Is Privacy a Kid's Right?
Do you think children have a right to privacy concerning their room and personal belongings?
The right to privacy. It may make for good constitutional debates, but it makes for real bad parenting. A mother called my radio show upset that, while cleaning her teen-age daughter's room, she had come across a letter describing her daughter's sexual behavior with her boyfriend. Part of mom's distress was guilt over having “snooped,” however unintentionally, and the fear of confronting her daughter, whom she knew would immediately hammer her with “You have no right to look through my things!” (As an aside, if such were her daughter's first response—rather than embarrassment, guilt or some display of conscience—then she would be telling mom much about her view of sexual conduct.) The overall tone of the call was mom's struggling more with her own psychological correctness than with her daughter's moral incorrectness.
Making bad decisions is innate to humans, even the most mature of us. When those humans are only partway mature, as is even the most mature child, the odds of moving down self-destructive paths go up dramatically. So God gave children gatekeepers—parents—who are wiser, usually, and can help steer them away from bad paths or close those paths altogether. If those gatekeepers surrender some of their God-given duty to guide and protect because of some trendy, silly, “democratic” notion of family, who is left to guard the child? The child is not capable of guarding himself.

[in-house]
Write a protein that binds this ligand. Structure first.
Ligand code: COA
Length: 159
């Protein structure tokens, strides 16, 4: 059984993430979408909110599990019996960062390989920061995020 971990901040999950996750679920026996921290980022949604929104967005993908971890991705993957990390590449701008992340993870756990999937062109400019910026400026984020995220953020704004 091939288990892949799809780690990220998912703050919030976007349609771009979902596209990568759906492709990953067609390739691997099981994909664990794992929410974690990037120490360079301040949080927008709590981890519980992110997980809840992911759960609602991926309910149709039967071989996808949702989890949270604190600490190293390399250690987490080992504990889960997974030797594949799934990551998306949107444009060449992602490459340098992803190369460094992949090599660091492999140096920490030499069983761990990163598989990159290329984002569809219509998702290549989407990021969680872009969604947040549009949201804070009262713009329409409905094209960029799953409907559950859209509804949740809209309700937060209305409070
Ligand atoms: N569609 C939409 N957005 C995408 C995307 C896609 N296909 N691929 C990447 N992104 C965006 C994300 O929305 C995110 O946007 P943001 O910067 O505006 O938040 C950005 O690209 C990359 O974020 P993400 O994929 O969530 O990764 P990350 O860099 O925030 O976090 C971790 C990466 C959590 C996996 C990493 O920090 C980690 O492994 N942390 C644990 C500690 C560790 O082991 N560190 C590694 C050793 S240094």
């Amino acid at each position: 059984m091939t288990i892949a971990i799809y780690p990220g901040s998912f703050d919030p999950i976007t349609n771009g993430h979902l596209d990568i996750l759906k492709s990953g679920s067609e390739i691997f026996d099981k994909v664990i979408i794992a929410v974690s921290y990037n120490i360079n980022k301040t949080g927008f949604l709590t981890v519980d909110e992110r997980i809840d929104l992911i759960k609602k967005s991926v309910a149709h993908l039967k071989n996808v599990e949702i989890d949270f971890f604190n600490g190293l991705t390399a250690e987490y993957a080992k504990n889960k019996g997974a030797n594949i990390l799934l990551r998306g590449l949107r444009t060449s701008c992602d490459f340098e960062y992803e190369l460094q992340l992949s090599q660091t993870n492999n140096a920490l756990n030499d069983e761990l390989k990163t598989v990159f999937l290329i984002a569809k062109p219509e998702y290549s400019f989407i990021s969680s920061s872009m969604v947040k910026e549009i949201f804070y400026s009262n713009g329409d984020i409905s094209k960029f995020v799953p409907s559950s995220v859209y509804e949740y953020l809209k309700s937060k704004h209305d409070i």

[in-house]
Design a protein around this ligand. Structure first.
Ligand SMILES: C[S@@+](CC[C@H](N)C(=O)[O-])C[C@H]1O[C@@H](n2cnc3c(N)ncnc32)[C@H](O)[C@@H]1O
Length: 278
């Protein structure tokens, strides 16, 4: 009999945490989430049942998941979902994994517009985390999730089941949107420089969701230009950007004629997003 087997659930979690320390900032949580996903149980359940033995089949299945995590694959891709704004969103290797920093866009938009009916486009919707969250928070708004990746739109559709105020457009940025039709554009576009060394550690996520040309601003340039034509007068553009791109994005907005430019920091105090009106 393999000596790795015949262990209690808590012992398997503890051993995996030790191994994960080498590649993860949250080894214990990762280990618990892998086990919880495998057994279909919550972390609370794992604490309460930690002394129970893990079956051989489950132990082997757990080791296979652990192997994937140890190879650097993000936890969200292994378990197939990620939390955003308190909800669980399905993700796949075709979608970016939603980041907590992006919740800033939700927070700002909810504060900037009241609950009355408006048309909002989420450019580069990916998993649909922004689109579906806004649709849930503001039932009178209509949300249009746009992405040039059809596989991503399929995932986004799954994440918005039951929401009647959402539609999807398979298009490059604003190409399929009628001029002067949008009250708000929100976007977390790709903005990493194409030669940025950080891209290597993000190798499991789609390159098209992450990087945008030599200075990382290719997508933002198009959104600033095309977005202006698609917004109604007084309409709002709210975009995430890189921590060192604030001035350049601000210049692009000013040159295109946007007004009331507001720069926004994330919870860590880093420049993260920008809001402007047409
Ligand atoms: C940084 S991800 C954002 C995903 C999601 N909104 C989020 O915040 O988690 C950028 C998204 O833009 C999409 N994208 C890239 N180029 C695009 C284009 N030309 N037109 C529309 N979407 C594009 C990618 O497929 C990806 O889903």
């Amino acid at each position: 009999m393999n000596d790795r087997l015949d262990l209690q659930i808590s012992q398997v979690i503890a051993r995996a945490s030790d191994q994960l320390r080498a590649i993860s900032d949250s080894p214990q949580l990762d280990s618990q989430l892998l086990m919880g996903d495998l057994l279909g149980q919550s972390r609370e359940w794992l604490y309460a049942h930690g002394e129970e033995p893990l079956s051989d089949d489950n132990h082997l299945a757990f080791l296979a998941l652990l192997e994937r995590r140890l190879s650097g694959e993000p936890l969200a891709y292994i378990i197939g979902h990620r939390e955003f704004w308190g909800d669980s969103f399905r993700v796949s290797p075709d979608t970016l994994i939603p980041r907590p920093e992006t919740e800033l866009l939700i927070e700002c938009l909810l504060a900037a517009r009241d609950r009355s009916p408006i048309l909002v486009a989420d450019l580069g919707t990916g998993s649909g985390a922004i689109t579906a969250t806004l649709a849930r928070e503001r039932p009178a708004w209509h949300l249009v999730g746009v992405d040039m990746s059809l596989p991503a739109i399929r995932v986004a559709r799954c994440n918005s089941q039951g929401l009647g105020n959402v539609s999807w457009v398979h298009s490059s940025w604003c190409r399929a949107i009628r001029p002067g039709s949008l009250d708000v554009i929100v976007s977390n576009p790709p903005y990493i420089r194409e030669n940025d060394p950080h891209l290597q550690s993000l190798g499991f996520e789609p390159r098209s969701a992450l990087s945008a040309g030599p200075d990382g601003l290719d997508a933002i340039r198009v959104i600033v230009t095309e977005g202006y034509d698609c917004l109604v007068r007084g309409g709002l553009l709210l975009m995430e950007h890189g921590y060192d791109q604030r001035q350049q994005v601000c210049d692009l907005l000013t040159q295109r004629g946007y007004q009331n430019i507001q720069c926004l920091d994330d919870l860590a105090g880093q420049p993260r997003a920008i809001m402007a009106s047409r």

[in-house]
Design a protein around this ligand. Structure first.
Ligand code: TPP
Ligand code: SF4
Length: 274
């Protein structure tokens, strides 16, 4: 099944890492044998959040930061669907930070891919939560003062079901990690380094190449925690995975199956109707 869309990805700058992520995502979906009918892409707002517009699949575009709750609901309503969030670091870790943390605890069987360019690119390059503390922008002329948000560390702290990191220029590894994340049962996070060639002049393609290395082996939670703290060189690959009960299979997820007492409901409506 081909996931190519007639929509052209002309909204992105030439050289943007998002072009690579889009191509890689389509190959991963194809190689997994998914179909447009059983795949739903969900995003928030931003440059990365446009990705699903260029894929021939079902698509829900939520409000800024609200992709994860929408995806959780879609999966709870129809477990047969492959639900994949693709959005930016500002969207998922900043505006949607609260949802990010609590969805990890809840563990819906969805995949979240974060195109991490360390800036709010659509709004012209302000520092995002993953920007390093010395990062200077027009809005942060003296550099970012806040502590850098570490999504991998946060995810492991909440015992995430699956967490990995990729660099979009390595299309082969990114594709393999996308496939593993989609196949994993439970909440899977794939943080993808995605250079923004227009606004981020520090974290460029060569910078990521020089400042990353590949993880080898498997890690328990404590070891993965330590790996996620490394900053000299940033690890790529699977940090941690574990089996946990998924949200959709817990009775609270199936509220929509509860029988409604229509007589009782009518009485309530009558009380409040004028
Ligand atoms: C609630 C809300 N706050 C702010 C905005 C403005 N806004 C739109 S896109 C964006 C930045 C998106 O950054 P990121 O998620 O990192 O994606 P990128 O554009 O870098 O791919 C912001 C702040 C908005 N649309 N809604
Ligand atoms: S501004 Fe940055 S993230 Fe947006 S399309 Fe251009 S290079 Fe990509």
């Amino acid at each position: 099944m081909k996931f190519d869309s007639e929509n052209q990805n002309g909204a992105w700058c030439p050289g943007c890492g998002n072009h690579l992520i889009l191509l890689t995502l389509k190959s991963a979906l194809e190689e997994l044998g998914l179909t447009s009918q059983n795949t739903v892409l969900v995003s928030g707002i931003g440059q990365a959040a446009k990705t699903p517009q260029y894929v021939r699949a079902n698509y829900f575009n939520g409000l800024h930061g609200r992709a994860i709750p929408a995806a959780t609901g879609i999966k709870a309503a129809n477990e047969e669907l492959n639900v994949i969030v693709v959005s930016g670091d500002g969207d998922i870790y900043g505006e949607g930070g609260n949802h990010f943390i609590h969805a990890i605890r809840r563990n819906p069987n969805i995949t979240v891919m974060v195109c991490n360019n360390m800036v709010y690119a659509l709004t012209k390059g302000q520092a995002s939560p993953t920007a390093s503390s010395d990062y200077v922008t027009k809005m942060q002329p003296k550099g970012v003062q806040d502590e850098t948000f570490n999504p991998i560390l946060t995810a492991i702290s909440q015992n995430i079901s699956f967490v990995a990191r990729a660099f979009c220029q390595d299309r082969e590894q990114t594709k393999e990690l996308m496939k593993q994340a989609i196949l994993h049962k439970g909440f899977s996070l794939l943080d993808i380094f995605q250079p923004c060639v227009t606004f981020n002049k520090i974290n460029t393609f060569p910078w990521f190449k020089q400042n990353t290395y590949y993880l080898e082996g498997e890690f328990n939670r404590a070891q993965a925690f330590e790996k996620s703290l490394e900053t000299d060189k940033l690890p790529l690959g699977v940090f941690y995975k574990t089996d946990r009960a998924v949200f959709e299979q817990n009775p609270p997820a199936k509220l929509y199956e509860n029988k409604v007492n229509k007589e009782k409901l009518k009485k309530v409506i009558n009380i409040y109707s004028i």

Of course, most parents don't do a mattress search of their kids' belongings in the absence of any evidence of trouble whatsoever. I'm not advocating such. What I am advocating is that children know from day one—at whatever age you decide that day falls—that you will act resolutely at any time in any way to head off any trouble at first sniff of it.
The “right to privacy” has an honorable sound to it. It seems so respectful of a child's emotional boundaries. Yet it is dramatically superceded by another right: the right to safety. Far over and above any need to have secrets is the need to be protected from the results of those secrets. A parent's foremost duty is to guide a child to adulthood in good moral shape. Where that duty collides with a child's wants, the parent must win—for the sake of all of the child's rights.
Dr. Ray Guarendi is a
psychologist and an author.